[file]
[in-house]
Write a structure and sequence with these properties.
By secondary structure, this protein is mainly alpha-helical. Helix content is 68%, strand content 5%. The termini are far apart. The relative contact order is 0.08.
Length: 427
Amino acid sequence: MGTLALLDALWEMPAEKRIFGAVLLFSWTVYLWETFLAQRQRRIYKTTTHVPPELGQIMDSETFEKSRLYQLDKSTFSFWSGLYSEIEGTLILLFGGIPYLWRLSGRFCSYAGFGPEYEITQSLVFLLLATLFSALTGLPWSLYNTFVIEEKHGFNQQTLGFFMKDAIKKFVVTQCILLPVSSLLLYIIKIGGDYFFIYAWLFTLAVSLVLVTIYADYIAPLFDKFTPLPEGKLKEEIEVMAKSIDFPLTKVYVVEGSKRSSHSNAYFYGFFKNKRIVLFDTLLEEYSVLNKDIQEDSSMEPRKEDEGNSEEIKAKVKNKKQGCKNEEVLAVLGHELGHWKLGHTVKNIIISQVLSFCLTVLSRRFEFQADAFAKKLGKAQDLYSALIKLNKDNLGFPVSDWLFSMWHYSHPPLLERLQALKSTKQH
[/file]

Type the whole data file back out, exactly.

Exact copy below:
[in-house]
Write a structure and sequence with these properties.
By secondary structure, this protein is mainly alpha-helical. Helix content is 68%, strand content 5%. The termini are far apart. The relative contact order is 0.08.
Length: 427
Amino acid sequence: MGTLALLDALWEMPAEKRIFGAVLLFSWTVYLWETFLAQRQRRIYKTTTHVPPELGQIMDSETFEKSRLYQLDKSTFSFWSGLYSEIEGTLILLFGGIPYLWRLSGRFCSYAGFGPEYEITQSLVFLLLATLFSALTGLPWSLYNTFVIEEKHGFNQQTLGFFMKDAIKKFVVTQCILLPVSSLLLYIIKIGGDYFFIYAWLFTLAVSLVLVTIYADYIAPLFDKFTPLPEGKLKEEIEVMAKSIDFPLTKVYVVEGSKRSSHSNAYFYGFFKNKRIVLFDTLLEEYSVLNKDIQEDSSMEPRKEDEGNSEEIKAKVKNKKQGCKNEEVLAVLGHELGHWKLGHTVKNIIISQVLSFCLTVLSRRFEFQADAFAKKLGKAQDLYSALIKLNKDNLGFPVSDWLFSMWHYSHPPLLERLQALKSTKQH